Professional athletes like UFC fighter Nate Diaz and former NFL offensive tackle Eugene Monroe are known to promote the use of CBD, as they’ve personally experienced benefits from using the compound for pain management and muscle recovery. In comparison to other common substances used to help people cope with pain, over-the-counter nonsteroidal anti-inflammatory drugs (NSAIDs) like Ibuprofen and Aspirin can have damaging long term effects, such as:
Not only do NSAIDs have these potentially threatening consequences, but your body can build up a tolerance to these drugs and reduce their effectiveness—and ultimately make it more challenging to deal with inflammation.
As one study published by the Annals of Long Term Care noted, “The NSAID should be used at the lowest effective dose for the shortest period of time.” Essentially highlighting that these substances may be helpful but are not a solution to chronic pain issues. In light of this information, it seems that CBD has become an increasingly viable pain management option for some consumers who seek to decrease their NSAID use, despite the FDA’s lack of approval for CBD products.
As more and more people grow curious about using CBD for workout recovery, we felt it necessary to analyze both the scientific and anecdotal evidence that supports this idea. Although we don’t promote the substitution of any medicine with CBD, the anti-inflammatory and analgesic effects have led many people to try CBD—with some individuals experiencing good outcomes.
Scientific research has been able to lay the groundwork for outlining possible benefits that CBD may have to offer, but more clinical studies are necessary to fill in additional blanks. Yet even with a lack of evidence, we’ve seen the emergence of several advocates who regularly use CBD to aid in the various side effects of muscle growth and recovery. However, CBD may affect everyone differently, and there’s no guarantee that you’ll notice a remarkable change in your workout routine or muscle soreness.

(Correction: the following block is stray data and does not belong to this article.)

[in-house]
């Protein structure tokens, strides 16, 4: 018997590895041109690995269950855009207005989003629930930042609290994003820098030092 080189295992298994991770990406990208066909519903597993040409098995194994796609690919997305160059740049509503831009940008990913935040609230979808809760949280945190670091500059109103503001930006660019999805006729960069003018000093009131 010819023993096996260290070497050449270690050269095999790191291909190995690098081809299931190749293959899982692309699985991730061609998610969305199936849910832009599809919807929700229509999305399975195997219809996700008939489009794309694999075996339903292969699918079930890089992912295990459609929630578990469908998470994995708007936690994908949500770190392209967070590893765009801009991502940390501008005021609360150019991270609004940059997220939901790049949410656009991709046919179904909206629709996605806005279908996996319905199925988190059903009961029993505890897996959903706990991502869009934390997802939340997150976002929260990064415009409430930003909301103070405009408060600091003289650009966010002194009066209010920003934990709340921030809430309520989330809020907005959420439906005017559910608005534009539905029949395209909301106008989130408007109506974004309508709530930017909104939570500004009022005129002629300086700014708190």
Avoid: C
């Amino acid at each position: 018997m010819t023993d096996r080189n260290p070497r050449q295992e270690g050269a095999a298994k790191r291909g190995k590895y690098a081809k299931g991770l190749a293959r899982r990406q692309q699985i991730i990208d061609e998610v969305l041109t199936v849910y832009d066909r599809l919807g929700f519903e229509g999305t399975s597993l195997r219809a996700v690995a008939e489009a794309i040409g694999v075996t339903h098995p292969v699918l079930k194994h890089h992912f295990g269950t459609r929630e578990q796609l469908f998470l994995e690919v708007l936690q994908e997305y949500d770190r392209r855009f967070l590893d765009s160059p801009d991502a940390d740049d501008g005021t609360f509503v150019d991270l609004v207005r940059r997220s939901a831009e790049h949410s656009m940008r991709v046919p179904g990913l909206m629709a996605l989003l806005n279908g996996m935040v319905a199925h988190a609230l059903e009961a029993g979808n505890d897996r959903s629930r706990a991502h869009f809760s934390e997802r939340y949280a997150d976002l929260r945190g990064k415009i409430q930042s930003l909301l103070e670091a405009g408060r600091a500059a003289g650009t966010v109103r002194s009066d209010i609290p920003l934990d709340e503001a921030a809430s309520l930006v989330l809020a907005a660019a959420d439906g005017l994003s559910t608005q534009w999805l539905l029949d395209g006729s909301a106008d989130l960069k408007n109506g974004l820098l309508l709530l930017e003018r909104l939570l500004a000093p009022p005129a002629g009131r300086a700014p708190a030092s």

The opioid epidemic continues to take too many lives. But congress has started to act. And new studies show emerging treatments may help.
It's always a thing in the office, did you feel something or not? What should people expect from various CBD products or doses. Here's one person's experience.
Do you want to vape or swallow CBD? That comes down to personal preference, speed of delivery, and bioavailability. Check out the details here.
Want to try CBD but don’t know where to start? Check out our top 10 product picks from cbdMD, a leading brand in the CBD market.
Are CBD JUUL pods a thing? Here's what you need to know before you buy vape pods online.
CBD may have a number of health benefits. Here's a look at some research that will be able to add more clarity to the space.
Here's a couple reasons to give CBD lip balm a shot. It may become a part of your beauty routine.
As we learn more about cannabis and what makes the plant special, let's talk about some familiar terpenes.